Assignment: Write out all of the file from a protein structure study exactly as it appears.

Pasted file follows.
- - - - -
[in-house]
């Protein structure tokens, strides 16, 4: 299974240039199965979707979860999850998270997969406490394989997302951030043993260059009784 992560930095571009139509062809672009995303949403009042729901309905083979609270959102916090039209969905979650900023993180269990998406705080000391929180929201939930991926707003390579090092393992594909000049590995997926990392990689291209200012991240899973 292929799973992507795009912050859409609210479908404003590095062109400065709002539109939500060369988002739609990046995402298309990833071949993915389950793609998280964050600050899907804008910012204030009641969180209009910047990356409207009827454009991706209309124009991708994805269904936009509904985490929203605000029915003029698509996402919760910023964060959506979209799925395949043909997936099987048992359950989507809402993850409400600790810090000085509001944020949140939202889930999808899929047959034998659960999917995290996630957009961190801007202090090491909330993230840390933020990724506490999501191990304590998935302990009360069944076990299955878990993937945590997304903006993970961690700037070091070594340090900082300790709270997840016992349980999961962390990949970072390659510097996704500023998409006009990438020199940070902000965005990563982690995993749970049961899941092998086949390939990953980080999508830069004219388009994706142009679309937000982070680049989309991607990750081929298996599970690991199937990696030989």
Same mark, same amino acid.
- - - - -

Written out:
[in-house]
């Protein structure tokens, strides 16, 4: 299974240039199965979707979860999850998270997969406490394989997302951030043993260059009784 992560930095571009139509062809672009995303949403009042729901309905083979609270959102916090039209969905979650900023993180269990998406705080000391929180929201939930991926707003390579090092393992594909000049590995997926990392990689291209200012991240899973 292929799973992507795009912050859409609210479908404003590095062109400065709002539109939500060369988002739609990046995402298309990833071949993915389950793609998280964050600050899907804008910012204030009641969180209009910047990356409207009827454009991706209309124009991708994805269904936009509904985490929203605000029915003029698509996402919760910023964060959506979209799925395949043909997936099987048992359950989507809402993850409400600790810090000085509001944020949140939202889930999808899929047959034998659960999917995290996630957009961190801007202090090491909330993230840390933020990724506490999501191990304590998935302990009360069944076990299955878990993937945590997304903006993970961690700037070091070594340090900082300790709270997840016992349980999961962390990949970072390659510097996704500023998409006009990438020199940070902000965005990563982690995993749970049961899941092998086949390939990953980080999508830069004219388009994706142009679309937000982070680049989309991607990750081929298996599970690991199937990696030989």
Same mark, same amino acid.